“Will do,” Nurse Lettie told her, grudgingly.
“Thanks,” Emmy replied, then set about making her rounds.
Emmy was right, Aidan wasn’t at all happy about her orders to have him taken to the day room with the other patients. He glared at the large nurse as she handed him a robe and slippers and insisted he follow her down the hall.
“Making that face at me won’t change the fact that the doc wants you to spend some time around other people,” she chided him. “Now, don’t give me any grief like you did with Dr. Bloomfield last night. I’m not in the mood. Besides,” she added, “might do you some good to be around others for a while. Being cooped up in here with nothing but your thoughts has got to be bad for one’s psyche.”
Aidan scowled at her again, but then grudgingly slipped the robe and slippers on and followed Nurse Lettie down the hallway and into the large, open day room.
Several small tables with patients sitting around them playing various board games scattered the room. Over to the left, Aidan noticed a ping-pong table and in the opposite corner of the room was a small reading nook with several low wooden shelves mounted into the wall housing various books and other reading material. The walls were painted a calming light blue with various posters of smiling, happy people or cutesy animals and sayings scattered about.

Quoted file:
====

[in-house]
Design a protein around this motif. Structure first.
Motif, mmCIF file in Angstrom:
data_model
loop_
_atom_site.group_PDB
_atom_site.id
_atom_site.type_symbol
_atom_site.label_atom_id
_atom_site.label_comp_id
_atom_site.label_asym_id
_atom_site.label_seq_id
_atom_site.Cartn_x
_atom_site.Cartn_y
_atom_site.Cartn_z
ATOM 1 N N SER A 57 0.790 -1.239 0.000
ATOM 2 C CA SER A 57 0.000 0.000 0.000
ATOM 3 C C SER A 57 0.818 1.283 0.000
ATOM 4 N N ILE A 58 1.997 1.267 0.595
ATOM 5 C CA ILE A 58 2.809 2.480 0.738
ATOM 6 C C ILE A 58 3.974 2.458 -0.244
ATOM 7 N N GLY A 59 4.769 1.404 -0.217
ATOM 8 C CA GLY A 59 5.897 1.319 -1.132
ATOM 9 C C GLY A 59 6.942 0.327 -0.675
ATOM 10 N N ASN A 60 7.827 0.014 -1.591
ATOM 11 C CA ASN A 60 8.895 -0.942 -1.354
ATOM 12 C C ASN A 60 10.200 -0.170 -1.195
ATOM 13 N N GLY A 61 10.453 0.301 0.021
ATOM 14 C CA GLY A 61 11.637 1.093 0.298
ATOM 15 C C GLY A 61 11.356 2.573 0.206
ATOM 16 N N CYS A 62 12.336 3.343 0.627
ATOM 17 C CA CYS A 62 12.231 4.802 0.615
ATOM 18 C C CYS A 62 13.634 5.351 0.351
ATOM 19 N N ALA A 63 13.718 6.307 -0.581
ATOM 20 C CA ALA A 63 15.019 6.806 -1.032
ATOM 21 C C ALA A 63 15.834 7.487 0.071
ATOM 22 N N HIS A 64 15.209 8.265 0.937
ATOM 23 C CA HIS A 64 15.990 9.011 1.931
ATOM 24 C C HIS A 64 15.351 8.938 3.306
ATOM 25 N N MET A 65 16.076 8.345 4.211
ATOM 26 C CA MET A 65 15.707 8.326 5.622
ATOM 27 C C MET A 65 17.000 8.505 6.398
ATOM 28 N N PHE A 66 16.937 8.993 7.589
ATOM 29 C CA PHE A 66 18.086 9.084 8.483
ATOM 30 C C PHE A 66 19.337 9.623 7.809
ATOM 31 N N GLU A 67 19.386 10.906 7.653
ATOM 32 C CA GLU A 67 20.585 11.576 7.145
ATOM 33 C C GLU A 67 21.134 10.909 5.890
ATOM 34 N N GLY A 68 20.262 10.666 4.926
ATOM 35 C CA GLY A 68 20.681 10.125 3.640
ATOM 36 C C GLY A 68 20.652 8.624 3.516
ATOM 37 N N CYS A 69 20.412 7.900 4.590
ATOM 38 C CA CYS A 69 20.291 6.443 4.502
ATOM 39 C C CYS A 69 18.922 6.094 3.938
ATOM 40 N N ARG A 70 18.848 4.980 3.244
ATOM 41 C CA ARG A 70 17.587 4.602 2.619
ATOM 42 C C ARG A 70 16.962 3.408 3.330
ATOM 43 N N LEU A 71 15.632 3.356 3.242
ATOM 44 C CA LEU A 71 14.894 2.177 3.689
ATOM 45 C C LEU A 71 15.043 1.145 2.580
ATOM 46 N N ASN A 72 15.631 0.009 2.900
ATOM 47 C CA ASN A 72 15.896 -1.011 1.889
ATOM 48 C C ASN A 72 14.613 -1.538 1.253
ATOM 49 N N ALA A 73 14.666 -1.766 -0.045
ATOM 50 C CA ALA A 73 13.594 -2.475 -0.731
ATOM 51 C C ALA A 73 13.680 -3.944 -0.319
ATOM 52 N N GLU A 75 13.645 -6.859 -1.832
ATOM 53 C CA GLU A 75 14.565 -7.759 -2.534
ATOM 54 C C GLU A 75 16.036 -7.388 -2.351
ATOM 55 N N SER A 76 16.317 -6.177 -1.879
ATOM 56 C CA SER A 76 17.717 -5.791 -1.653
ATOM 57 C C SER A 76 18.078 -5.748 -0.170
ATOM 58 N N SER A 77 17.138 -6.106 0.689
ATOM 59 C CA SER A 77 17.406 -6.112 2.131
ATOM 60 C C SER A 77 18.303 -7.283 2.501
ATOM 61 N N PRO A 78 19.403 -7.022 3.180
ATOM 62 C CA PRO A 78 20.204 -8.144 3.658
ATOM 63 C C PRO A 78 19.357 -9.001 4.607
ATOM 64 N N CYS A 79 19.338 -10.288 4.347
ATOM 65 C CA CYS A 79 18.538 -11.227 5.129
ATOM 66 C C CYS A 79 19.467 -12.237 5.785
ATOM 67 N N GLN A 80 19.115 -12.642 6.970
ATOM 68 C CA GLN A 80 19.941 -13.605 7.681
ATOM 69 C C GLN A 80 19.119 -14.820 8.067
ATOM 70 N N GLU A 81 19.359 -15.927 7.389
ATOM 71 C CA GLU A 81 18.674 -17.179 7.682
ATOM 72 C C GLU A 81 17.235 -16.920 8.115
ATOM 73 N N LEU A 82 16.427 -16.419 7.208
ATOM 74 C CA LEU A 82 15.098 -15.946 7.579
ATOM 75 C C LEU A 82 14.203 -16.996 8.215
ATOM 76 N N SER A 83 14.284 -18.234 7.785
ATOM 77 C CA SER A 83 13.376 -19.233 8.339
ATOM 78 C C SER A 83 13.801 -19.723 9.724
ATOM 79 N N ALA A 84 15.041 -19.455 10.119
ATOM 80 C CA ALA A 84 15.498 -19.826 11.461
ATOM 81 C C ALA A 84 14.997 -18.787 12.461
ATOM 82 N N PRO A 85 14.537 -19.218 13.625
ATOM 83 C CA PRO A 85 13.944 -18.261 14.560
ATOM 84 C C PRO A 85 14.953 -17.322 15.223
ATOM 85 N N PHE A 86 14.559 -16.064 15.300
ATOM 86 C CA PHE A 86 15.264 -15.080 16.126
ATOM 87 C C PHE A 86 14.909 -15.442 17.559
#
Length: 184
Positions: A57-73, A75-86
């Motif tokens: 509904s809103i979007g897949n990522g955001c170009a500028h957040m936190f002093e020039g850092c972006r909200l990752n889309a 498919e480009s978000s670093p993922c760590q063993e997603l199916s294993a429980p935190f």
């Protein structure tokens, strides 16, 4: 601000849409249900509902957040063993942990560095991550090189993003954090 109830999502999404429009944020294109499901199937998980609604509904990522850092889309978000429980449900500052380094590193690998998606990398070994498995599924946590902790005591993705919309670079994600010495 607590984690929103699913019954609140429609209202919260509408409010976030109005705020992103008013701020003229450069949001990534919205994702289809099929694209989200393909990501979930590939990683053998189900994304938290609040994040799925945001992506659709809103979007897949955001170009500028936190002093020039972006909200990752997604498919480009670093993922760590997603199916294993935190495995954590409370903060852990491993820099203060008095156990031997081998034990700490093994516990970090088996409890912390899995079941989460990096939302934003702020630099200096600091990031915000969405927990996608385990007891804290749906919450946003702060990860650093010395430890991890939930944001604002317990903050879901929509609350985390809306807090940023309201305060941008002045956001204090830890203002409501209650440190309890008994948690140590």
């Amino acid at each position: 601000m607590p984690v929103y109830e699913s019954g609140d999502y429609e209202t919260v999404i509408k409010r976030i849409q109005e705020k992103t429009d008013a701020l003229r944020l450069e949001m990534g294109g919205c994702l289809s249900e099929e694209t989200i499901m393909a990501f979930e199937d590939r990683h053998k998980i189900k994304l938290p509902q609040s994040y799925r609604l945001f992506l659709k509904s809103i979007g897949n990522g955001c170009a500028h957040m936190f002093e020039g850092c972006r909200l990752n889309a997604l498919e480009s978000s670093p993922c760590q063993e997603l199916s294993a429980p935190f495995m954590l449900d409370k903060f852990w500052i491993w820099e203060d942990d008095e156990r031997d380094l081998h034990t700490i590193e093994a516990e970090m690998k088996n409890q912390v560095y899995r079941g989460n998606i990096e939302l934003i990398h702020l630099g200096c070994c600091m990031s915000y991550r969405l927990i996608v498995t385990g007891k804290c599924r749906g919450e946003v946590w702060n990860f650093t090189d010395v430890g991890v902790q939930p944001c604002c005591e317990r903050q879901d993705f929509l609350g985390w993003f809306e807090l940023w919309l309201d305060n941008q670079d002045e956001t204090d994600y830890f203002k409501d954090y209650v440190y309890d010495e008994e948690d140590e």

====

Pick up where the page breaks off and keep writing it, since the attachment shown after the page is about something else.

“Dear God,”Aidan thought to himself, “what kind of hell is this?”
As they walked further into the room, a rather gangly looking man with longish blonde hair and thick glasses bounded up to greet them. “Hi,” he said, in a sing-song voice, “Hi, Nurse Lettie!”
Aidan grimaced at the sound of the man’s squeaky voice, which to him sounded like nails on a chalkboard in his head.
“G’day, Tommy,” Nurse Lettie replied, smiling broadly at the man. “And how are you feeling today?”
“Good, good,” Tommy said, grinning, “My mum is coming for a visit, ya know.”
“That’s great, Tommy,” the nurse told him.
“Yeah,” Tommy said, “Who’s this, then? A new mate for us?”
“Oh, Tommy, this is Aidan,” she said. “Aidan is going to be staying with us for a while and I was wondering if you might show him around the day room here. See that he follows all the rules and what not.”